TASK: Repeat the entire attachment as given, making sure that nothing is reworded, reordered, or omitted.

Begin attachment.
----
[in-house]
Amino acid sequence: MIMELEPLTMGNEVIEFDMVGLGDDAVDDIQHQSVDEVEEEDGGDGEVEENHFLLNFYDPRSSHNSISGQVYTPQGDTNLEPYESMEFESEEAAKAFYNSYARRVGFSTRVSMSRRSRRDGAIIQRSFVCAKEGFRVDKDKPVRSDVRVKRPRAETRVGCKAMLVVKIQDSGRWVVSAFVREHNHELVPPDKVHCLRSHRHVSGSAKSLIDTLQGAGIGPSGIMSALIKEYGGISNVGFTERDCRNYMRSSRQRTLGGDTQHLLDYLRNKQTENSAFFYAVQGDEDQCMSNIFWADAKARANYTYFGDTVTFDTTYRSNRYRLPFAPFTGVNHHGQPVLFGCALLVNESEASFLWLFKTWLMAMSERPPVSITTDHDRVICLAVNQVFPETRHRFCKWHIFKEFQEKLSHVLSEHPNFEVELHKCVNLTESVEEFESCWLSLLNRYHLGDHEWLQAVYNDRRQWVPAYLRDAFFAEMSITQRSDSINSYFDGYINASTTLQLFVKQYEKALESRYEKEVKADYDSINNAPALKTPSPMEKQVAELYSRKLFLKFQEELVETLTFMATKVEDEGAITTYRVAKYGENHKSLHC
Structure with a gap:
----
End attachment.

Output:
[in-house]
Amino acid sequence: MIMELEPLTMGNEVIEFDMVGLGDDAVDDIQHQSVDEVEEEDGGDGEVEENHFLLNFYDPRSSHNSISGQVYTPQGDTNLEPYESMEFESEEAAKAFYNSYARRVGFSTRVSMSRRSRRDGAIIQRSFVCAKEGFRVDKDKPVRSDVRVKRPRAETRVGCKAMLVVKIQDSGRWVVSAFVREHNHELVPPDKVHCLRSHRHVSGSAKSLIDTLQGAGIGPSGIMSALIKEYGGISNVGFTERDCRNYMRSSRQRTLGGDTQHLLDYLRNKQTENSAFFYAVQGDEDQCMSNIFWADAKARANYTYFGDTVTFDTTYRSNRYRLPFAPFTGVNHHGQPVLFGCALLVNESEASFLWLFKTWLMAMSERPPVSITTDHDRVICLAVNQVFPETRHRFCKWHIFKEFQEKLSHVLSEHPNFEVELHKCVNLTESVEEFESCWLSLLNRYHLGDHEWLQAVYNDRRQWVPAYLRDAFFAEMSITQRSDSINSYFDGYINASTTLQLFVKQYEKALESRYEKEVKADYDSINNAPALKTPSPMEKQVAELYSRKLFLKFQEELVETLTFMATKVEDEGAITTYRVAKYGENHKSLHC
Structure with a gap: